Mrs. Reagan was a fierce guardian of her husband’s image, sometimes at the expense of her own, and during Mr. Reagan’s improbable climb from a Hollywood acting career to the governorship of California and ultimately the White House, she was a trusted adviser.
“Without Nancy, there would have been no Governor Reagan, no President Reagan,” said Michael K. Deaver, the longtime aide and close friend of the Reagans who died in 2007.
Mrs. Reagan helped hire and fire the political consultants who ran her husband’s near-miss campaign for the Republican presidential nomination in 1976 and his successful campaign for the presidency in 1980. She played a seminal role in the 1987 ouster of the White House chief of staff, Donald T. Regan, whom Mrs. Reagan blamed for ineptness after it was disclosed that Mr. Reagan had secretly approved arms sales to Iran.
Behind the scenes, Mrs. Reagan was the prime mover in Mr. Reagan’s efforts to recover from the scandal, which was known as Iran-contra because some of the proceeds from the sale had been diverted to the contras opposing the leftist government of Nicaragua. While trying to persuade her stubborn husband to apologize for the arms deal, Mrs. Reagan brought political figures into the White House, among them the Democratic power broker Robert S. Strauss, to argue her case to the president.
Mr. Reagan eventually conceded that she was right. On March 4, 1987, the president made a distanced apology for the arms sale in a nationally televised address that dramatically improved his slumping public approval ratings.
His wife, typically, neither sought nor received credit for the turnaround. Mrs. Reagan did not wish to detract from her husband’s luster by appearing to be a power behind the presidential throne.
In public, she gazed at him adoringly and portrayed herself as a contented wife who had willingly given up a Hollywood acting career of her own to devote herself to her husband’s career. “He was all I had ever wanted in a man, and more,” she wrote in “My Turn: The Memoirs of Nancy Reagan,” published in 1989.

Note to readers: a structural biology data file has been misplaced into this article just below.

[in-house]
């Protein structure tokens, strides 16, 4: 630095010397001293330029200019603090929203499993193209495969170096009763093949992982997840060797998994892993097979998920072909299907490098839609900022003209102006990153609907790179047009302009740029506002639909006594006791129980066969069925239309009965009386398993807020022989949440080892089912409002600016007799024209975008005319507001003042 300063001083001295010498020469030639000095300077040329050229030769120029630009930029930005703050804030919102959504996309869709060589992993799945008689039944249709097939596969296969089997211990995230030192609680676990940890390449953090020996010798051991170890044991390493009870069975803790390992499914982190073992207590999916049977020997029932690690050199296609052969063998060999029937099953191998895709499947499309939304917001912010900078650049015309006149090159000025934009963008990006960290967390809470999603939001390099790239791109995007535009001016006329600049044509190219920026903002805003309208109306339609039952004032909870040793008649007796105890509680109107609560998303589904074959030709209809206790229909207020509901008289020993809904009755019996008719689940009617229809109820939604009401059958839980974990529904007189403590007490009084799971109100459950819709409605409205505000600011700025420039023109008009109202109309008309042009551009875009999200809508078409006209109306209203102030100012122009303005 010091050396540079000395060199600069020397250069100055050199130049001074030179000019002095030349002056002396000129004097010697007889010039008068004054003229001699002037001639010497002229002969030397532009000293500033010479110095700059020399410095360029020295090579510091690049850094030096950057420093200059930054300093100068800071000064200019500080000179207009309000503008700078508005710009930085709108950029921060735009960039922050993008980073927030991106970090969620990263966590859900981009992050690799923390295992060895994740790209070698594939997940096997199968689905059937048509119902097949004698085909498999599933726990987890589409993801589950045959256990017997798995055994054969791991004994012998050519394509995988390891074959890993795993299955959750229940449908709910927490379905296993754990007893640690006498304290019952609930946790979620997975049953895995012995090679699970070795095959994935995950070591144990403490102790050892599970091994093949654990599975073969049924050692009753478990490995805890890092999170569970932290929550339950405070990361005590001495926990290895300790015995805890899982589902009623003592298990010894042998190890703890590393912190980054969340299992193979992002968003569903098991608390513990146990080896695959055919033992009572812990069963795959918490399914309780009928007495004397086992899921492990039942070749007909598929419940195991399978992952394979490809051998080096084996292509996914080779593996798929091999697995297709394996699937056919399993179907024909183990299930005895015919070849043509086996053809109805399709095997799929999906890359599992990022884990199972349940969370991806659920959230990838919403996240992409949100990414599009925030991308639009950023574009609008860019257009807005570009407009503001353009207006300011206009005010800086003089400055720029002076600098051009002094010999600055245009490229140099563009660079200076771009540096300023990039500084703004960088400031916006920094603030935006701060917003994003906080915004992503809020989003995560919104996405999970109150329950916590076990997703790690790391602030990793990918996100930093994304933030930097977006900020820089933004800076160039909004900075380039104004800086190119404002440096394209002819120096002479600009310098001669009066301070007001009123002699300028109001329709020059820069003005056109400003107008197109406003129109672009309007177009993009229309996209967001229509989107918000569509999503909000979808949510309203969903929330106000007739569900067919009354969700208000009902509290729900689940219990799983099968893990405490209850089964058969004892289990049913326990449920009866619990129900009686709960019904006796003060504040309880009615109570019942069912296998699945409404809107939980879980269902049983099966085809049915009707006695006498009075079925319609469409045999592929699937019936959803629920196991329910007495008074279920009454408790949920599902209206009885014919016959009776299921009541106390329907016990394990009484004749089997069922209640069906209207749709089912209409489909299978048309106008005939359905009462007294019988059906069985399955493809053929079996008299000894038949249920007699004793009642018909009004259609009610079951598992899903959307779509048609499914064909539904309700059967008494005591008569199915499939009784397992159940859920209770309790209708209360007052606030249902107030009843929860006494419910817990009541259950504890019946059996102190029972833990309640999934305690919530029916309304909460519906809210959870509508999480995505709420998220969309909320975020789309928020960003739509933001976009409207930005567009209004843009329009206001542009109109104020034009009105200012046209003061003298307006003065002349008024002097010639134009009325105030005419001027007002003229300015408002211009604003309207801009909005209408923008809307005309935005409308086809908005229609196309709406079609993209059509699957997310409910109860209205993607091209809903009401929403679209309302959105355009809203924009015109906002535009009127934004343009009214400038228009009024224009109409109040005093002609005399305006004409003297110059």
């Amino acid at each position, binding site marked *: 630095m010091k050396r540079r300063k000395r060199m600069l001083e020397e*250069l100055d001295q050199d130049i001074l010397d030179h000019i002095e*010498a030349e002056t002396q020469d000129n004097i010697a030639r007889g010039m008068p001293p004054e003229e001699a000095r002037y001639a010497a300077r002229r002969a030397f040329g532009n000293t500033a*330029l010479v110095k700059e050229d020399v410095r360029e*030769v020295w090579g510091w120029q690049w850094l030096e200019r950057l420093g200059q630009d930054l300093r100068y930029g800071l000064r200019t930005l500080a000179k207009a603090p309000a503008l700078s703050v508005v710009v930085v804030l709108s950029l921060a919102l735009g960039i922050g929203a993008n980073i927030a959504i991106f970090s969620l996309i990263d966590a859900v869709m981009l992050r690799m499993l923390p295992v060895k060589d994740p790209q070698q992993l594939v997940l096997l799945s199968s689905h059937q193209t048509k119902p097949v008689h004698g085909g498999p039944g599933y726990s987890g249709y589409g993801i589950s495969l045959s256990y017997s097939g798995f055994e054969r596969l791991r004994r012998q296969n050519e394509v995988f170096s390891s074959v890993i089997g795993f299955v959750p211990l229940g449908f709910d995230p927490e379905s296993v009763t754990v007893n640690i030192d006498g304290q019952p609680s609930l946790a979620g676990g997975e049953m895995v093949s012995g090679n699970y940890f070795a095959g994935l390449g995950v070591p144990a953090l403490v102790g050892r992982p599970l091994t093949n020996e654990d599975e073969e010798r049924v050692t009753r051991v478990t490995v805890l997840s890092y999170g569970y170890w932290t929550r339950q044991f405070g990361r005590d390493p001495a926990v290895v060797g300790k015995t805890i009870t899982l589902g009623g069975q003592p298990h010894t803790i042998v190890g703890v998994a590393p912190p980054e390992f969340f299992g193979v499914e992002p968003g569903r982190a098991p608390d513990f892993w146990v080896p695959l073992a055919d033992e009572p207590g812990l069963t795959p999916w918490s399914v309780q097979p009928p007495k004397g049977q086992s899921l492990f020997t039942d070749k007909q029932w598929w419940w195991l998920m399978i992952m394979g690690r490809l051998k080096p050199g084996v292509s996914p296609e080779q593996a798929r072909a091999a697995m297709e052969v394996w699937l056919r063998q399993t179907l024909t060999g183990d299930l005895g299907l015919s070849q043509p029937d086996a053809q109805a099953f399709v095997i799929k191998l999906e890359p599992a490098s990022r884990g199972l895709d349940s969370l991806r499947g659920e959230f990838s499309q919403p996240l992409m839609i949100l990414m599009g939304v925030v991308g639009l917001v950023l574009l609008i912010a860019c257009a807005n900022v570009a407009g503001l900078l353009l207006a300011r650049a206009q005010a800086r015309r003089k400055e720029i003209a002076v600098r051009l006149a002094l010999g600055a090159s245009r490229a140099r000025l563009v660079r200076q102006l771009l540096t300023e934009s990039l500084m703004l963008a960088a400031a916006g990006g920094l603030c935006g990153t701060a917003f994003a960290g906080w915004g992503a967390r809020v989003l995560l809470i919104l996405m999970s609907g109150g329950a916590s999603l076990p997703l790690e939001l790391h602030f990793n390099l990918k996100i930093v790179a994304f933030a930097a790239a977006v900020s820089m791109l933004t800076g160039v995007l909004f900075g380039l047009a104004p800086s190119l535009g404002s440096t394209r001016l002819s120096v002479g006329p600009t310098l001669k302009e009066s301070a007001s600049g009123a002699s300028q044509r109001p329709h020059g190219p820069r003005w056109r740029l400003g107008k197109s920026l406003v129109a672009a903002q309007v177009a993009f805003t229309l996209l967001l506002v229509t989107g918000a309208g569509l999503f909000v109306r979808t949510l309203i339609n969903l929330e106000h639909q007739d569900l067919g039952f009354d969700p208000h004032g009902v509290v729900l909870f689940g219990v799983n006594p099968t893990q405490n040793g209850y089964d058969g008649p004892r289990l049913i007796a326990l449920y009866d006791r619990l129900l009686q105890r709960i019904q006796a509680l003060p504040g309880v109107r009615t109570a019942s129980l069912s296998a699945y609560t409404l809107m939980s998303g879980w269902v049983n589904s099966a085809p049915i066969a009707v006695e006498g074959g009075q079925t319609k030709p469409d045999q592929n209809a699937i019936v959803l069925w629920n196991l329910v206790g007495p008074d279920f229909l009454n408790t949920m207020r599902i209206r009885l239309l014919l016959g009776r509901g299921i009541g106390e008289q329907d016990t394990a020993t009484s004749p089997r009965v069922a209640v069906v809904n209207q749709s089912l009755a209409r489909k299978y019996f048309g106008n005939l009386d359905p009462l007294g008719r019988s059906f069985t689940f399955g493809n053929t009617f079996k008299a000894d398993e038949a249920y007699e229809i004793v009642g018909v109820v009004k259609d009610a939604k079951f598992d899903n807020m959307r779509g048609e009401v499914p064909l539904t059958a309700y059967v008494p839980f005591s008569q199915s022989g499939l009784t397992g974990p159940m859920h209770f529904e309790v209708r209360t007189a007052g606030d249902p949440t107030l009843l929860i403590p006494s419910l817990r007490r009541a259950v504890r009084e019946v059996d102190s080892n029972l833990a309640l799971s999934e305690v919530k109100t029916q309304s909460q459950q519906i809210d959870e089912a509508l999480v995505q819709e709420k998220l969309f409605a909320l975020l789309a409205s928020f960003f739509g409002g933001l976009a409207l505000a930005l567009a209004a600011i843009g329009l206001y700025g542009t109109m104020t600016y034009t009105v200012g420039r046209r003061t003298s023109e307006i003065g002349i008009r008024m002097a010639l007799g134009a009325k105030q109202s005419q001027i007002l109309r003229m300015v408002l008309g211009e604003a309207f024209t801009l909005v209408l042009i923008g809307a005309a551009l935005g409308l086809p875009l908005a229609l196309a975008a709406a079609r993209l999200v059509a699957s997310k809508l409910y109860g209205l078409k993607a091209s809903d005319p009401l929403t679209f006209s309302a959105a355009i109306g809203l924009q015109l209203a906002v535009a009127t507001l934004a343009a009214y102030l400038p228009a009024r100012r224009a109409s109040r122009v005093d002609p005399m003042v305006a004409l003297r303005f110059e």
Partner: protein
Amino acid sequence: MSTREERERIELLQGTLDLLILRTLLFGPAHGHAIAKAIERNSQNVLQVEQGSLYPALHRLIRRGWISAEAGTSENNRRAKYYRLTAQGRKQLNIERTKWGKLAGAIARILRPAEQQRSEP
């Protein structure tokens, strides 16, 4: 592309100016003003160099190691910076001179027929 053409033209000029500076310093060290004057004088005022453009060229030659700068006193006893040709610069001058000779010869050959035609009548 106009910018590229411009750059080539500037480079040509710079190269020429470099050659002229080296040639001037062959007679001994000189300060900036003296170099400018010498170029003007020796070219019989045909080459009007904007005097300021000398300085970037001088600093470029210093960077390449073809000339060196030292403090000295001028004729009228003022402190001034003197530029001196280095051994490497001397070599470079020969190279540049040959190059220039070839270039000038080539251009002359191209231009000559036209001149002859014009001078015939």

He reciprocated in kind. “How do you describe coming into a warm room from out of the cold?” he once said. “Never waking up bored? The only thing wrong is, she’s made a coward out of me. Whenever she’s out of sight, I’m a worrier about her.”"
In truth, she was the worrier. Mrs. Reagan wrote in her memoirs that she sometimes became angry with her husband because of his relentless optimism. He didn’t worry at all, she wrote, “and I seem to do the worrying for both of us.”
I always thought it was a little unfair how much she was made fun of for her "just say no" campaign against drugs. I actually think the reminder that you can always just say no can be pretty effective.
Here's Nancy Reagan on 60 Minutes in 2002, talking about living with a husband who has Alzheimer's disease:
The New York Times notes that Nancy helped Ronald write his poignant statement to the public about Alzheimer's:
I have recently been told that I am one of the millions of Americans who will be afflicted with Alzheimer's Disease. . . .
At the moment I feel just fine. I intend to live the remainder of the years God gives me on this earth doing the things I have always done. I will continue to share life's journey with my beloved Nancy and my family. I plan to enjoy the great outdoors and stay in touch with my friends and supporters.
Unfortunately, as Alzheimer's disease progresses, the family often bears a heavy burden. I only wish there was some way I could spare Nancy from this painful experience. . . .
I now begin the journey that will lead me into the sunset of my life. I know that for America there will always be a bright dawn ahead.